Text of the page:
By Linda Childers
At the Rainbow Community Center in Concord, a drop-in youth group is meeting. Since the presidential election in November, it’s become common for teens in the group to voice their anger and concerns about the Trump administration, and their fears that the president will reverse progress on LGBTQ rights.
On this afternoon, the group of 10 teens meet informally at the center, a place where they can be themselves and talk about everything from their favorite movies and music, to issues affecting the LGBTQ community. Like teens across the country, many of the teens in attendance just want to hang out with their friends, check their phones and generally be teenagers. The difference, said Ben David-Barr, executive director of the Rainbow Center, is that many of the teens here are grappling not only with typical angst, but also the stress of being a sexual minority under a presidential administration that has moved to roll back some LGBTQ rights.
“Many young people are feeling very stressed and anxious,” said Barr. “We have several projects underway to support LGBTQ youth who may be feeling frightened or unsettled.”
Worries Over Health Coverage
Niq, an 18-year-old queer, transgender man from Danville, who attends the center’s youth group, wasn’t old enough to vote in the last election, but he’s seen firsthand how LGBTQ teens are coping with a presidential administration that broke with the tradition of recognizing June as LGBTQ Pride Month. In addition to seeing more bullying and harassment of LGBTQ teens since the election, Niq wonders if his health care might also be in jeopardy.
“I started taking testosterone over the past six months, and I worry that Trump’s proposed changes to the Affordable Care Act might prevent me from continuing with my transition,” said Niq, who doesn’t use a surname.
According to the National Center for Transgender Equality, employer-sponsored insurance before the ACA often contained exclusions that forced transgender people to pay transition-related costs out-of-pocket. Gender-reassignment surgery was also considered elective, making it an option only for those who could afford it.
The National Center notes that the ACA prohibited most health insurers from discriminating based on gender identity and transgender status.
Despite the fact that repeated attempts to repeal the federal health bill have so far been unsuccessful this year, the law known as Obamacare remains vulnerable, and Niq worries about the future.
“I’ve been working with other LGBTQ youth to channel my stress and worries into activism,” he said. “I feel hopeful when I see actions such as California adopting gender-neutral bathrooms this past March, but dismayed when I see Trump trying to ban transgender soldiers from the military.”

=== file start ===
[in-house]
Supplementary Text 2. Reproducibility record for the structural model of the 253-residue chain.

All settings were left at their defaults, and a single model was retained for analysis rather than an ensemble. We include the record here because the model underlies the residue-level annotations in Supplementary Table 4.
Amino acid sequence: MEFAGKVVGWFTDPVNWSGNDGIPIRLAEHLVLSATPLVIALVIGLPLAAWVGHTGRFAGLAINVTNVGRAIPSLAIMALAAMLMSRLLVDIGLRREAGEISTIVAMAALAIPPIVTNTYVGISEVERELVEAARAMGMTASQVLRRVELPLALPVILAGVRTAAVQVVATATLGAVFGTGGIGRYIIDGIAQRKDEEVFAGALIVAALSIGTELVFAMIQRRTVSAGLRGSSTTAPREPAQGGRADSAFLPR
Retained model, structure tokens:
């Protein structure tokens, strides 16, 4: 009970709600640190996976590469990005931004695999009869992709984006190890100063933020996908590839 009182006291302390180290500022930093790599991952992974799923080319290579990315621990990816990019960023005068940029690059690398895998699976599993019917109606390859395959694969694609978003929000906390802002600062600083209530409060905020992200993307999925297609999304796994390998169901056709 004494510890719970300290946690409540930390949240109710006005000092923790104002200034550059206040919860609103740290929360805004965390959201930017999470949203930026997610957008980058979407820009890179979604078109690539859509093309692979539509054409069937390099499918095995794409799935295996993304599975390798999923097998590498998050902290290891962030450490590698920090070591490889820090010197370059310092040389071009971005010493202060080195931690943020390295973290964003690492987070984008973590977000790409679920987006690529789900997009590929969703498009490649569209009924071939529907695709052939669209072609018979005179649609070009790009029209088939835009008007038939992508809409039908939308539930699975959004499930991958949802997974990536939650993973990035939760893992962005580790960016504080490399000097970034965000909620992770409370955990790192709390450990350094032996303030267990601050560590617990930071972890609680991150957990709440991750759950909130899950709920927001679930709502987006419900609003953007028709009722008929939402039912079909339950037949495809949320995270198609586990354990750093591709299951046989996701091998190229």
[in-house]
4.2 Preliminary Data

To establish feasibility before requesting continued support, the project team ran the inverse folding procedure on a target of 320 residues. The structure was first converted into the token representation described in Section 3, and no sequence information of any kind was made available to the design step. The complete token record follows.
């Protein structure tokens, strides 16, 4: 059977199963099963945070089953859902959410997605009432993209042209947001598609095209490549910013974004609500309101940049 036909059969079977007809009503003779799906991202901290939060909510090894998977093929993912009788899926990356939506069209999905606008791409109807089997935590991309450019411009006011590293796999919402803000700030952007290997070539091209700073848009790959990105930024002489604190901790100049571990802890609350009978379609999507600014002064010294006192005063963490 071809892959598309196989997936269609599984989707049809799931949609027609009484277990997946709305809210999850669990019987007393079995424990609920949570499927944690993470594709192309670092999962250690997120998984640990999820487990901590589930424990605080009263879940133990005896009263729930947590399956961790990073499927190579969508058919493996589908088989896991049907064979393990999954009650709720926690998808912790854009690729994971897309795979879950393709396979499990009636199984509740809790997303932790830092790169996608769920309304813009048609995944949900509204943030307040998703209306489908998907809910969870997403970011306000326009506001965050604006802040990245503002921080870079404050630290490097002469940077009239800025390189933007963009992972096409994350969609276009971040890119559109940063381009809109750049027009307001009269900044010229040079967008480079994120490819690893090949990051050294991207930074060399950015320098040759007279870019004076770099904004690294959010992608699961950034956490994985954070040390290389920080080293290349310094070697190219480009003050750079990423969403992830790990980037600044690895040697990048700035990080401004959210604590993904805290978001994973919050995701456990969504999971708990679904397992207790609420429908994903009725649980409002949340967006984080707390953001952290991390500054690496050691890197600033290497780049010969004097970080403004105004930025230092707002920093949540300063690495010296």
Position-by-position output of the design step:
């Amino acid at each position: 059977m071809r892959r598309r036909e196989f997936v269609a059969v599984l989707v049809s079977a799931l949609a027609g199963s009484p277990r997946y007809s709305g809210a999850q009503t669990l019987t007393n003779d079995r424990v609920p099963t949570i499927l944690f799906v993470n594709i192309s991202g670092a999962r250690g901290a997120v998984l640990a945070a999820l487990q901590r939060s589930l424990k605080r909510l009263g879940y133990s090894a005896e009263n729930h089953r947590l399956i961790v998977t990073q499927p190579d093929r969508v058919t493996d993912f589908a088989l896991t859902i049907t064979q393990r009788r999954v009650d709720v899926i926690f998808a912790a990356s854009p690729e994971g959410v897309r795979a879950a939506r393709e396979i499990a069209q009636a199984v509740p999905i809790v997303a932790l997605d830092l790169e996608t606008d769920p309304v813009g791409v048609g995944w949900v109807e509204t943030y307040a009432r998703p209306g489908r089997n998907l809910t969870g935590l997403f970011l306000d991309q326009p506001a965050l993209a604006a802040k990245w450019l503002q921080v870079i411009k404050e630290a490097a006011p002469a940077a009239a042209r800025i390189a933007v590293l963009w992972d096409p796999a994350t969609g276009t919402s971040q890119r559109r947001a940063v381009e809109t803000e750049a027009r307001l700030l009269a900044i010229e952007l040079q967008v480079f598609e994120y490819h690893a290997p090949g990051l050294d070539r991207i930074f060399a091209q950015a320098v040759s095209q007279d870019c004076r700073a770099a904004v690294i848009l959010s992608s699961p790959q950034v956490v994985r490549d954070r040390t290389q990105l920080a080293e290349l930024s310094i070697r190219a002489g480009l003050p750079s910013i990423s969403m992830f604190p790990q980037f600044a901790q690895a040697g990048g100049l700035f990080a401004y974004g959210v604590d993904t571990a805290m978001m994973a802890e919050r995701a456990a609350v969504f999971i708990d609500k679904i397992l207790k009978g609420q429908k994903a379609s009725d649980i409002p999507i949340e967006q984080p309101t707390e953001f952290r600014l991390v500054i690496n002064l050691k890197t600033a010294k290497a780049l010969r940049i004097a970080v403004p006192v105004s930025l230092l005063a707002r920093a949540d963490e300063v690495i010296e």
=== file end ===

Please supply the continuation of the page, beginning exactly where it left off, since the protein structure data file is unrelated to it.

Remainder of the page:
Increase in Calls For Help
The rise in stress among LGBTQ teens isn’t limited to the Bay Area. The Trevor Project, a nationwide crisis intervention and suicide prevention organization for LGBTQ youths, reports that call volume to its hotline doubled the day after the presidential election and has continued to increase.
In a statement released in August, the West Hollywood-based non-profit, reported that of the 178 contacts received on average per day by The Trevor Project, 7.3 percent of the callers typically identify as transgender. However within 24 hours of President Donald Trump tweeting on July 26 that he would seek to ban transgender military service members, calls from transgender youths spiked to 17.5 percent of all contacts.
In addition, in the week after the Texas legislature introduced a bill that would limit where transgender Texans can use the restroom, The Trevor Project reported that calls from transgender youths doubled to 14.7 percent. Although the bathroom bill wasn’t passed in August, the issue is expected to re-emerge during next year’s primary GOP elections.
Tony, 19, a gay man from Pleasant Hill, admits that after growing up in a time of increasing acceptance and tolerance, it was stressful to be openly out after the election.
“People think that living in California means being around people who are more accepting,” said Tony, who requested that his last name be omitted because he has not yet come out to all of his family members and friends. “Yet it seems the Trump presidency has emboldened people to feel safer making hateful remarks to people of color and the LGBTQ community.”
Tony admits to not only feeling anxious about the potential threat that Trump poses to LGBTQ equality, but also at the possibility of Vice President Mike Pence ultimately becoming president. In past media interviews, Pence has been vocal about his beliefs that marriage should only be between men and women. And in 2014, while serving as governor of Indiana, Pence said the state wouldn’t acknowledge same-sex marriages that occurred after a law banning them had been overturned.
“People say conversion therapy could never happen, yet the reality is only nine states, including California, currently ban conversion therapy for minors,” said Tony referring to the unfounded approach of using various therapies to try to change a person’s sexual orientation or gender identity.
Daphnee Valdez, youth director for the Rainbow Community Center, said the non-profit is working hard to let LGBTQ teens and their parents know they have a safe space in the community, and to also let teens know there are different ways to participate as an activist.
“Some teens may not feel comfortable being on the front lines of a rally or march, and that’s OK,” Valdez said. “Our youth group works to show teens how they can make a difference in other ways such as advocating for legislation, or using their art or social media skills to create public awareness.”
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